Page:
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Trinity research finds open fires could pose substantial hazard to older people’s health

Collaborative research from scientists at the Irish Longitudinal Study on Ageing (TILDA) at Trinity College Dublin, and the University of Lancaster in the UK, examines the risk factors associated with open fire use, revealing a variety of potentially negative consequences for health.

Research findings show open fire usage negatively impacts cognitive health, with adverse association largest and strongest among women – a consequence of women typically spending more time at home, with greater exposure to open fires in the home.

Cognitive decline was estimated in the study by widely-used cognitive tests including word recall and verbal fluency. The study follows government regulations implemented earlier this year, which banned the use of smoky coal in all Irish towns with populations over 10,000 people. The regulations were signed into law in July of this year, in an attempt to reduce air pollution in the country, promote public health and improve health outcomes.

How can air pollution affect health?

Indoor air pollution can form when dust, dirt or gases linger in the air inside a building (such as a home or workplace), polluting the air that is inhaled into the lungs. It is known that exposure to indoor air pollution affects both respiratory and cardiovascular health, but little is known about how it affects cognitive function in older adults.

Previous studies have shown that air pollution is linked to harmful health outcomes such as stroke, heart disease and lung cancer, as well as chronic and acute respiratory diseases like asthma.

A growing body of scientific evidence indicates that exposure to indoor particulate matter (PM) is associated with damage to neurodevelopment and cognitive function, contributing to neurodegenerative diseases around the world. Coal fires are one of the largest sources of fine particulate matter (PM2.5), small particles of air pollution which find their way into the lungs and blood.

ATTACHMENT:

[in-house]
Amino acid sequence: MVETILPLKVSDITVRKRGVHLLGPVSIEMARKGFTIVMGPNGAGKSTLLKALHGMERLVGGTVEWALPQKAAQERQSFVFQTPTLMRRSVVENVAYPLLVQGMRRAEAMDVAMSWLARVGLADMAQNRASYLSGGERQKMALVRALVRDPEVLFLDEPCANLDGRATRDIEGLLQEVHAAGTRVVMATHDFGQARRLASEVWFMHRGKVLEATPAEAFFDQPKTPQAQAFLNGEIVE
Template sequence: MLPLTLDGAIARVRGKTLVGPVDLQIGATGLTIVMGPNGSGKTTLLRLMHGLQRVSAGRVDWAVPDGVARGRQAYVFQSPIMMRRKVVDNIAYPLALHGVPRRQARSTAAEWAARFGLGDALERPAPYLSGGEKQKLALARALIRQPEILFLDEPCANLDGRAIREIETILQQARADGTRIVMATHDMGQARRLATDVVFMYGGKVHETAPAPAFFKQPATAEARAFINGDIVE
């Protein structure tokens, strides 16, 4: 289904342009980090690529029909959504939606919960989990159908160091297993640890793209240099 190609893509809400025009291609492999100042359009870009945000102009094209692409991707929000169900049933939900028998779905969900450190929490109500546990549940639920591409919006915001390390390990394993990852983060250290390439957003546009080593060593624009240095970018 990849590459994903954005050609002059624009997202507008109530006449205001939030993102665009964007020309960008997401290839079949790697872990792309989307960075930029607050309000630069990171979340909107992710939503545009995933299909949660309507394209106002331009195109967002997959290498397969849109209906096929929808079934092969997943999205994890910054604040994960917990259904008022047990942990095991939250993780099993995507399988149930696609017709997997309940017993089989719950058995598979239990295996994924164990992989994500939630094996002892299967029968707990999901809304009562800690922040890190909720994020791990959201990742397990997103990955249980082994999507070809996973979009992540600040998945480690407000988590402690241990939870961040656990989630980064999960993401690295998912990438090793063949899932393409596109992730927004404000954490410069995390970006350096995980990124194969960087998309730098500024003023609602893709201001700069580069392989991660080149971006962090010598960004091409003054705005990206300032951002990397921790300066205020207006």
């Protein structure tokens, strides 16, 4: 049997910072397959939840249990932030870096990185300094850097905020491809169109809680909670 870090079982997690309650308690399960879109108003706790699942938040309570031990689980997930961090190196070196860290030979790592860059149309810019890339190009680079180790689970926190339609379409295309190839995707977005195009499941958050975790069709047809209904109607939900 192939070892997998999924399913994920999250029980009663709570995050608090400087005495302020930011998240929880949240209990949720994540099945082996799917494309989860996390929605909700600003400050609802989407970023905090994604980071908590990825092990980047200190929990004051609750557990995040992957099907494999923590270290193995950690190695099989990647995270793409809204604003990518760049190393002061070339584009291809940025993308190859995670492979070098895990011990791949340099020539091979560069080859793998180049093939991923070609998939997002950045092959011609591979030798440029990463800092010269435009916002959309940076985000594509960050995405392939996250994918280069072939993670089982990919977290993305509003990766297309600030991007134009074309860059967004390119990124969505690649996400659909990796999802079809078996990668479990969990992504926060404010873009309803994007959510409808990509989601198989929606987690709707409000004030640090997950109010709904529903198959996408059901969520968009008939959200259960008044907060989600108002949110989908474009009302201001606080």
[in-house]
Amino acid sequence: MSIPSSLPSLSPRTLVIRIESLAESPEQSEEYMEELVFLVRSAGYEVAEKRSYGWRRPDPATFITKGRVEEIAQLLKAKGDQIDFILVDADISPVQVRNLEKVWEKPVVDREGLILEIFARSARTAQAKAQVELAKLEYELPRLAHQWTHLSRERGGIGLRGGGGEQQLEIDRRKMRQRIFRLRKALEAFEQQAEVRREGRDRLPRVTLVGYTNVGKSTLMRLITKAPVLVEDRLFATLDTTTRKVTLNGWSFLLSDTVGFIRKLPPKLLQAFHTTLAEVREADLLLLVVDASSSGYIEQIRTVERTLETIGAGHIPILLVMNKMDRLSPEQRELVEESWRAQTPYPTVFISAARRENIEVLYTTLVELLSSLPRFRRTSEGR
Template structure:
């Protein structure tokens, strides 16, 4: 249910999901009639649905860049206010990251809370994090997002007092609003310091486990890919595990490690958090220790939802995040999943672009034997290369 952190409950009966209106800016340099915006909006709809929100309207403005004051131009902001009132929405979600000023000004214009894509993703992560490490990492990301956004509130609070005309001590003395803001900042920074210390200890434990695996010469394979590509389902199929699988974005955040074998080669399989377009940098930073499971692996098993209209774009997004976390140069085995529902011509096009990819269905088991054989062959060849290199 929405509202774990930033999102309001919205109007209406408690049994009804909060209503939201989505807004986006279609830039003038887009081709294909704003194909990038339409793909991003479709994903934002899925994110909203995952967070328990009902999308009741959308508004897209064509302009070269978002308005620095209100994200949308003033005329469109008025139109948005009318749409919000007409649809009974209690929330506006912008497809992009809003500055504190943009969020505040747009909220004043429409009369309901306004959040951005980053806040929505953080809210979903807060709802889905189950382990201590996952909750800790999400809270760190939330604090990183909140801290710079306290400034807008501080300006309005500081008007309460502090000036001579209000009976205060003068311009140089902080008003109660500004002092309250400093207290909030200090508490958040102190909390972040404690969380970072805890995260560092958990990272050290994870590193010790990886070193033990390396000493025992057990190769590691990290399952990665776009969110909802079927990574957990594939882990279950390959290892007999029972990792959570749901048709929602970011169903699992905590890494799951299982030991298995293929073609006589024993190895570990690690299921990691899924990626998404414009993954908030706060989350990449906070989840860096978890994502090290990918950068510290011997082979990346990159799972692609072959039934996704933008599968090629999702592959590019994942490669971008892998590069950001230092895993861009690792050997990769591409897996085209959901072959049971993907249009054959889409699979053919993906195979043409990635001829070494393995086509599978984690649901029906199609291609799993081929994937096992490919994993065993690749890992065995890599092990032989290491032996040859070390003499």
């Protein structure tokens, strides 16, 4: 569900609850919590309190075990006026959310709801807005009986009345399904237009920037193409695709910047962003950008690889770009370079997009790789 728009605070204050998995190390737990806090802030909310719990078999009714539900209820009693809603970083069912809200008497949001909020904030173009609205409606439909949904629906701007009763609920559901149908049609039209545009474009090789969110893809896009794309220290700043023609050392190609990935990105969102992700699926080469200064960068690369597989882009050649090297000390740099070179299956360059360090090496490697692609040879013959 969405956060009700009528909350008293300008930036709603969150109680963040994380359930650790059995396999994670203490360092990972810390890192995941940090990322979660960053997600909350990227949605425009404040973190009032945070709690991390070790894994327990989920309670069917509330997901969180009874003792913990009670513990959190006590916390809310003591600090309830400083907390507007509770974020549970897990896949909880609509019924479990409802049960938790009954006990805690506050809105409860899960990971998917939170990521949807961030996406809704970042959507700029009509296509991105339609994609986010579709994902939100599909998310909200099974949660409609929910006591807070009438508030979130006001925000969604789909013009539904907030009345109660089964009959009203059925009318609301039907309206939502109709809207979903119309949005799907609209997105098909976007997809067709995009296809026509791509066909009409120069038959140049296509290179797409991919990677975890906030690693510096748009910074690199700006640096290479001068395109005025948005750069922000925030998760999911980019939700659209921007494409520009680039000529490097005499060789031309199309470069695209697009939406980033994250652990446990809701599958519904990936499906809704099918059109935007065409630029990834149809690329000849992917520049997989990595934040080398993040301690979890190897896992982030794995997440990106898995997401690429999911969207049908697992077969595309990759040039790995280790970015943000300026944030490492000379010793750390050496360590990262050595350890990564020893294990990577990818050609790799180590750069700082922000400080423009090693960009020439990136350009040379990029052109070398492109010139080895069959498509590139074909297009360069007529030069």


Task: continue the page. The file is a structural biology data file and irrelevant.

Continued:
Particulate matter is a type of pollutant caused by industrial, domestic and traffic sources.

The study sampled close to 7,000 older people from the TILDA dataset, and examined concentrations and magnetite content of airborne particulate matter (PM) that arise from burning peat, wood, or coal in open fires in the home.

What does the study show?

  • Peat-fuelled open fires emit higher particulate matter (PM) concentrations than coal and wood fires.
  • Magnetic content in particulate matter emitted from open fires is similar to that of roadside particulate matter.
  • Exposure to particulate matter from indoor open fire usage is similar to outdoor commuting exposure.
  • There was a negative association between open fire usage and cognition among older Irish people.

Professor Rose Anne Kenny, Principal Investigator of TILDA and head of Medical Gerontology at Trinity College Dublin said:

“TILDA is delighted to continue further collaboration with our US and UK colleagues in this new initiative, to better understand brain ageing and expand our resources and deepen our understanding of Alzheimer’s disease and related dementias. Trinity and TILDA provide unique insights and expertise into cardiovascular determinants of brain health and possible modifiable vascular risk factors. Cognitive decline and dementia related diseases remain a significant challenge for the individual, families, governments and policymakers. We look forward to contributing our expertise alongside our international counterparts, to harmonising and strengthening analytical measures, and acquiring a better understanding of dementia risk factors. This will provide us with new approaches for prevention and possibly treatment.”

Dr Vincent O’Sullivan, researcher at Lancaster University said:

This collaborative study has found strong evidence of the health risks that open fire usage poses not just to older adults, but to people of all ages. We provide evidence that outlines the health risks open fires pose to cognitive function, and supports policies banning or restricting the use of open fires as a heat source, for example the UK government’s announcement earlier this year to phase out coal and wet wood use in 2021. Traditionally, public health concerns about air pollution have been raised in relation to its negative effect on the heart and lungs; our research however demonstrates why cognitive function should be a key concern for policymakers to address, especially in Ireland, where open fire use is common.

To view the full paper, ‘Indoor particulate air pollution from open fires and the cognitive function of older people’, visit here.